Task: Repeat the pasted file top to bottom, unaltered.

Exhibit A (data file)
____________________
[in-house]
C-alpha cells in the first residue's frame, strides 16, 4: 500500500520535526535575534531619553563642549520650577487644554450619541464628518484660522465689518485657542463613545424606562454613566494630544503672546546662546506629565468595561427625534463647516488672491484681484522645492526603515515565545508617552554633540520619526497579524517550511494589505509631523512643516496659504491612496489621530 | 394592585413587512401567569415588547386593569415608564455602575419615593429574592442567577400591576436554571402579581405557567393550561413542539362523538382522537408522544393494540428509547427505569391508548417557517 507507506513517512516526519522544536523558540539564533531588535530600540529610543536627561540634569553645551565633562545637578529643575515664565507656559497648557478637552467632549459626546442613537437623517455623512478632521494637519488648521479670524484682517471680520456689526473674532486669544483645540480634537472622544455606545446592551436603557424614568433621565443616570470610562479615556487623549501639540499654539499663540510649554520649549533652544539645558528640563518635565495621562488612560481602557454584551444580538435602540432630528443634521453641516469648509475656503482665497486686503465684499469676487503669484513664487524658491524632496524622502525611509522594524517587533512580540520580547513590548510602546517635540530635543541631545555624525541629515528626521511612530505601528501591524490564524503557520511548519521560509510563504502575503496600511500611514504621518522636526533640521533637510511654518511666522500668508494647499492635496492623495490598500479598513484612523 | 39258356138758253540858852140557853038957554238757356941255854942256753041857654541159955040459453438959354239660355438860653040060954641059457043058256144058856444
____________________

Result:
[in-house]
C-alpha cells in the first residue's frame, strides 16, 4: 500500500520535526535575534531619553563642549520650577487644554450619541464628518484660522465689518485657542463613545424606562454613566494630544503672546546662546506629565468595561427625534463647516488672491484681484522645492526603515515565545508617552554633540520619526497579524517550511494589505509631523512643516496659504491612496489621530 | 394592585413587512401567569415588547386593569415608564455602575419615593429574592442567577400591576436554571402579581405557567393550561413542539362523538382522537408522544393494540428509547427505569391508548417557517 507507506513517512516526519522544536523558540539564533531588535530600540529610543536627561540634569553645551565633562545637578529643575515664565507656559497648557478637552467632549459626546442613537437623517455623512478632521494637519488648521479670524484682517471680520456689526473674532486669544483645540480634537472622544455606545446592551436603557424614568433621565443616570470610562479615556487623549501639540499654539499663540510649554520649549533652544539645558528640563518635565495621562488612560481602557454584551444580538435602540432630528443634521453641516469648509475656503482665497486686503465684499469676487503669484513664487524658491524632496524622502525611509522594524517587533512580540520580547513590548510602546517635540530635543541631545555624525541629515528626521511612530505601528501591524490564524503557520511548519521560509510563504502575503496600511500611514504621518522636526533640521533637510511654518511666522500668508494647499492635496492623495490598500479598513484612523 | 39258356138758253540858852140557853038957554238757356941255854942256753041857654541159955040459453438959354239660355438860653040060954641059457043058256144058856444